‘The times they are a-changin’ are lyrics written before I was born, but they are extremely pertinent in an age where technological innovations are changing the world on a daily basis.
Innovative ideas – think Uber, AirBnB and Spotify – have challenged the status quo, shaken up industries and won the loyalty of millions. In this brave new world, “It’s not the big that eat the small … it’s the fast that eat the slow” if I may borrow a quote from Jennings and Haughton [!1!].
If they’re smart about it, established organisations can learn a great deal from the way start-ups execute their ideas. Applying some of these strategies can help companies ensure they are delivering optimum business outcomes via their IT projects.
Utilise the ‘Minimum Viable Product’ technique
Eric Ries describes lean start-up technique Minimum Viable Product (MVP) as a “version of a new product which allows a team to collect the maximum amount of validated learning about customers with the least effort”. In other words, each new feature or product created should be backed-up by data that demonstrates a business challenge, need, or risk is being addressed.
For example, to ensure IT solutions deliver the desired outcome, they need to be tested among users early in their development. The logical stage to conduct this testing would be during Proof of Concept (POC) or Pilot releases as, to get to this stage, the investment has usually been pretty minimal from a time and resources perspective. This allows for early establishment of what Mr. Ries describes as ‘the feedback loop’ between users and developers.
Leverage cloud computing
Most start-ups will utilise cloud computing to build and test their offerings amongst users. This makes absolute sense when you consider the financial commitments are low when compared to the cost of acquiring hardware. Additionally, the team can be up and running in minutes. The time has come to scale up once the POC has proven successful and it makes business sense to continue.
According to Gartner’s 2015 IaaS Magic Quadrant, the cloud market “is dominated by only a few global providers – most notably Amazon Web Services, but also increasingly Microsoft Azure and Google Compute Engine.” There are others, but in Australia the first two seem to be the most popular.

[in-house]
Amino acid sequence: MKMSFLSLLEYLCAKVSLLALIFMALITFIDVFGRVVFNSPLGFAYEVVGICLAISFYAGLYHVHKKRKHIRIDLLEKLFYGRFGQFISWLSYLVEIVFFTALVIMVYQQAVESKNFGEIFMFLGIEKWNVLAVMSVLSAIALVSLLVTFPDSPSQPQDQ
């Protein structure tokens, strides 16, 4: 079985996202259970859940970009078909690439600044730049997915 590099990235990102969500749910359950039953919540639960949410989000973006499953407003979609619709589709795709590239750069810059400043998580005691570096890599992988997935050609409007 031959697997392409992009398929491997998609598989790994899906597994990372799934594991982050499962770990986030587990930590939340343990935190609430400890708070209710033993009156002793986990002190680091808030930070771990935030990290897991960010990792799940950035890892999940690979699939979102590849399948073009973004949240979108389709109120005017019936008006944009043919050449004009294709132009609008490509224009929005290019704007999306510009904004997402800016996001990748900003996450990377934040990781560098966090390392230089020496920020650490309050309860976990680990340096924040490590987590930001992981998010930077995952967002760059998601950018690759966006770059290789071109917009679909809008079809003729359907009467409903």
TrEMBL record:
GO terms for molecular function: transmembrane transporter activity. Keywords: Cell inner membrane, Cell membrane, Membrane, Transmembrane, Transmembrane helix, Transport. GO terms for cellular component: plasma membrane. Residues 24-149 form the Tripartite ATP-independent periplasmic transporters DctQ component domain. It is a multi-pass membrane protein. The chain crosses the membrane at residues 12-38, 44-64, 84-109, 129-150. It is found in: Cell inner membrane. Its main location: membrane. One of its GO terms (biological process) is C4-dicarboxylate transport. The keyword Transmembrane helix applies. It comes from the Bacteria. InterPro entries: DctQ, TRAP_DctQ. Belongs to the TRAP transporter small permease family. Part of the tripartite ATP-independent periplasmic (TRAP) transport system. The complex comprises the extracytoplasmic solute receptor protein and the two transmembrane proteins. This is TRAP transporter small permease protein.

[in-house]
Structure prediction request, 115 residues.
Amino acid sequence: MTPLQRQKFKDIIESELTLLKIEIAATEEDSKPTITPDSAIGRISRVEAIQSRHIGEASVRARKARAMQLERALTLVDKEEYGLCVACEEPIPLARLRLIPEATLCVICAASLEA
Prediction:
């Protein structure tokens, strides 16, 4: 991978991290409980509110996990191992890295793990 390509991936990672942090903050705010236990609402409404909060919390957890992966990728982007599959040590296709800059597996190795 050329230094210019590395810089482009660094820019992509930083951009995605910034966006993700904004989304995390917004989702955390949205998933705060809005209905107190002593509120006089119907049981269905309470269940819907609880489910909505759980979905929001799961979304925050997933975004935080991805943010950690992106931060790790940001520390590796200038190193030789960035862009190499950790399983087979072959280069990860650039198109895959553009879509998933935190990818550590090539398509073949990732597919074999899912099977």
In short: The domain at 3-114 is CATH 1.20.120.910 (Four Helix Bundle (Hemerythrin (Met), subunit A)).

Agility in a Waterfall environment?
Start-ups tend to follow an ‘Agile’ software development methodology, as it aligns with the kind of rapid development found in environments with evolving requirements, reduces the “distance” between users and developers, and places value on working software. However, truly integrating Agile methodology into the processes of organisations that follow the more traditional Waterfall software development methodology is not an easy task.
While purists at either side of the methodology camp might disagree, according to the CAST 2014-15 CRASH report, which evaluated 1,316 applications from 212 organisations in 12 industry sectors, the “health factor scores for the mix of Agile and Waterfall are higher than for Agile or Waterfall approaches used separately.”
The report further states that for the critical applications of large businesses, “the mix of Agile and Waterfall methods produces greater structural quality than other development methods … The superiority of the Agile/Waterfall mix suggests that for these types of applications the greater emphasis on up front design leads to better scores for the Robustness, Changeability, and Security of the application, and to a smaller extent for its Performance and Transferability.”
Learn to fail
There is one more crucial point I would like to make – we should all learn how to fail early.
Over the years, I have seen a number of organisations spend hundreds of millions of dollars on projects that have little chance of being delivered successfully. As Doug Hall put it, sometimes “the only barrier to failing fast and failing cheap is your ego. You must be willing to fail, fail, and fail again if you are going to win in today's competitive marketplace. Remember, even if you're falling flat on your face, at least you're still moving forward.”
Measuring and evaluating projects throughout their lifecycle is essential to ensuring they deliver real business outcomes. We live in a world of constant technological innovation and change. By leveraging lessons learned from the start-up community, applying appropriate methodologies and checkpoints, smart companies can deliver demonstrable better business outcomes from their IT projects.
[!1!] Jennings J & Haughton L 2002, It's Not the Big That Eat the Small…It's the Fast That Eat the Slow: How to Use Speed as a Competitive Tool in Business, HarperCollins, New York